Kate Tucker and the Sons of Sweden hope to gain following with new album

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The name Kate Tucker & The Sons of Sweden can conjure up images of yodeling and goat-calls. For this Seattle band, however, mountaintops and farm animals couldn’t be further from the truth.

“I met [keyboardist] Nick [Danielson] when we both lived in the same building,” Tucker said. “I asked if he’d play music with me, and he said, ‘Sure.’ From there, we made an EP together.”

Tucker, originally from Cleveland, played music on the street to make money before she teamed up with Danielson, Cameron Herrington (drums), Mark Isakson (guitar) and BJ Myers (bass) to form the group.

“We practice in Ballard [outside of Seattle],” Tucker said. “A lot of people of Scandinavian descent live in the area. There’s a [concert] hall there called The Sons of Norway. We wanted to play there, but we’re not Norwegian, so we called ourselves The Sons of Sweden as a play on that title . It turns out two of the guys are actually Swedish.”

The band’s self-titled debut album, (Oct. 30, Red Valise Recordings) blends soulful and folk lyrics with an alternative sound that aims to complement Tucker’s Stevie Nicks-influenced vocals.

“The album began with sorting through the songs from the EP [Eros Turannos] Nick and I made,” Tucker said. “That started in 2005, 2006. The album has the feeling of isolated transformation and [solitude].”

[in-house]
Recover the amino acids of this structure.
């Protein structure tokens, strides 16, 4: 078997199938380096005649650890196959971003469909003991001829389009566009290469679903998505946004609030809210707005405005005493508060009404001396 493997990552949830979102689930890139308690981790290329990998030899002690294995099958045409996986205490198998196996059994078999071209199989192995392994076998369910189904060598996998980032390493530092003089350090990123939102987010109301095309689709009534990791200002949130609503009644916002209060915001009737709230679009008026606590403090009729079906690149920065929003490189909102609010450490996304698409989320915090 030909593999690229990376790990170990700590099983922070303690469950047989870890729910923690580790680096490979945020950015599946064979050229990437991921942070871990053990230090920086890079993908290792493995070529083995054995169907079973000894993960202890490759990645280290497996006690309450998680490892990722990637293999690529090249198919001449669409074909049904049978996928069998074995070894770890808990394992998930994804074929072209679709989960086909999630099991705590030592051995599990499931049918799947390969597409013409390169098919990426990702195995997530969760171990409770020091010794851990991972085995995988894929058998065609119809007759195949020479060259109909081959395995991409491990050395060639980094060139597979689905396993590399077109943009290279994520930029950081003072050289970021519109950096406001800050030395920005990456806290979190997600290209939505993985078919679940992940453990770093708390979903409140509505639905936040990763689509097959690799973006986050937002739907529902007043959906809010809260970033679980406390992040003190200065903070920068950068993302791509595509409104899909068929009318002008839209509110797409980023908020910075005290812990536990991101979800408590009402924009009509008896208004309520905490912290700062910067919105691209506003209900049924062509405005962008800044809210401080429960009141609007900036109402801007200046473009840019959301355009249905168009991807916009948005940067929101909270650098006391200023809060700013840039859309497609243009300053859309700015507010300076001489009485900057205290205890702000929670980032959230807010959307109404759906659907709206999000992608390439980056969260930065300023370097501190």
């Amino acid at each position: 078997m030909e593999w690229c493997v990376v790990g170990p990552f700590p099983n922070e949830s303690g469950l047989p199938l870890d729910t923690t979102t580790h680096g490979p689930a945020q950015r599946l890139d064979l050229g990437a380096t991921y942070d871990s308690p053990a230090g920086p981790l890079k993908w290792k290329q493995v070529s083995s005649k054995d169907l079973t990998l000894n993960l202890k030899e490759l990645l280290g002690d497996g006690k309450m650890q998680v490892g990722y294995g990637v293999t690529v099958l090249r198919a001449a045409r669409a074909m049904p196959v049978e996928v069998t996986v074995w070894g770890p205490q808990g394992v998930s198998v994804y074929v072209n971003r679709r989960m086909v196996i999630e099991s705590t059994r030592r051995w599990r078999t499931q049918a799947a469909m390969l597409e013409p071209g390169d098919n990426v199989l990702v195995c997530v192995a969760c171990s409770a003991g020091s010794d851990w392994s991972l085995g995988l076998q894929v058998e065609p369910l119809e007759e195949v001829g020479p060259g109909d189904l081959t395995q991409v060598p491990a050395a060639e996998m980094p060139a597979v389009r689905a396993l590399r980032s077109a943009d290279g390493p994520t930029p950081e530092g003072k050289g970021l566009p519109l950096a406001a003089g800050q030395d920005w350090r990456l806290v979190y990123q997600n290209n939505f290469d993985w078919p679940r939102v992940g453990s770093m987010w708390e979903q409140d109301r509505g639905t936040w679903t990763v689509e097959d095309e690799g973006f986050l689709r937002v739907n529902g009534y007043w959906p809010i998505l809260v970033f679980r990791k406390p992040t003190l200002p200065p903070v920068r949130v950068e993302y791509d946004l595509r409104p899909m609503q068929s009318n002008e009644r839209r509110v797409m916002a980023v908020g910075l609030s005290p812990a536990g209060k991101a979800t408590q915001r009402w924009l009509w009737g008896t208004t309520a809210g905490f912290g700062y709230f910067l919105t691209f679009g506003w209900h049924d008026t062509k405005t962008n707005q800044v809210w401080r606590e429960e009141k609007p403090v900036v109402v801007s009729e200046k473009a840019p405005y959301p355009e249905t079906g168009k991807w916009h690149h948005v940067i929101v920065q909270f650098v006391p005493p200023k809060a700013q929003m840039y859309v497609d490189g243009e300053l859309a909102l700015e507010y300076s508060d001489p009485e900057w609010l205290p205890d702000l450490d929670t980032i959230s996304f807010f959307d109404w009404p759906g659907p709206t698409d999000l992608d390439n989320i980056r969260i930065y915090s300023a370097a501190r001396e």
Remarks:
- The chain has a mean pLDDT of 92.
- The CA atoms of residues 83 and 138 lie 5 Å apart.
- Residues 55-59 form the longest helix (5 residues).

Putting the actual album together, though, proved to be a daunting task. Many songs, including “The Hours,” required numerous rewrites, some of which occurred on production day.

Despite the challenges, Tucker is pleased with the outcome of the album, her favorite song being “In The End.”

“I like it because there’s a feeling of warmth and campfire,” Tucker said. “[I love] the feeling of bringing people together. Plus, I got to sing with Damien Jurado, who I admire so much.”

Being the only female member as well as the face of a band could prove challenging for some, but Tucker is happy to take on the challenge.

“It’s fine with me,” Tucker said. “It’s awesome since people are curious about a band where the girl plays guitar … The sad thing is that there are so many talented female singers who can play guitar and go unnoticed.”

Tucker will continue to lead the band as it begins touring in 2008, focusing primarily on college towns and campuses.

“We would love to come to St. Louis,” Tucker said. “I’m from Cleveland and it would be so great to tour out here.”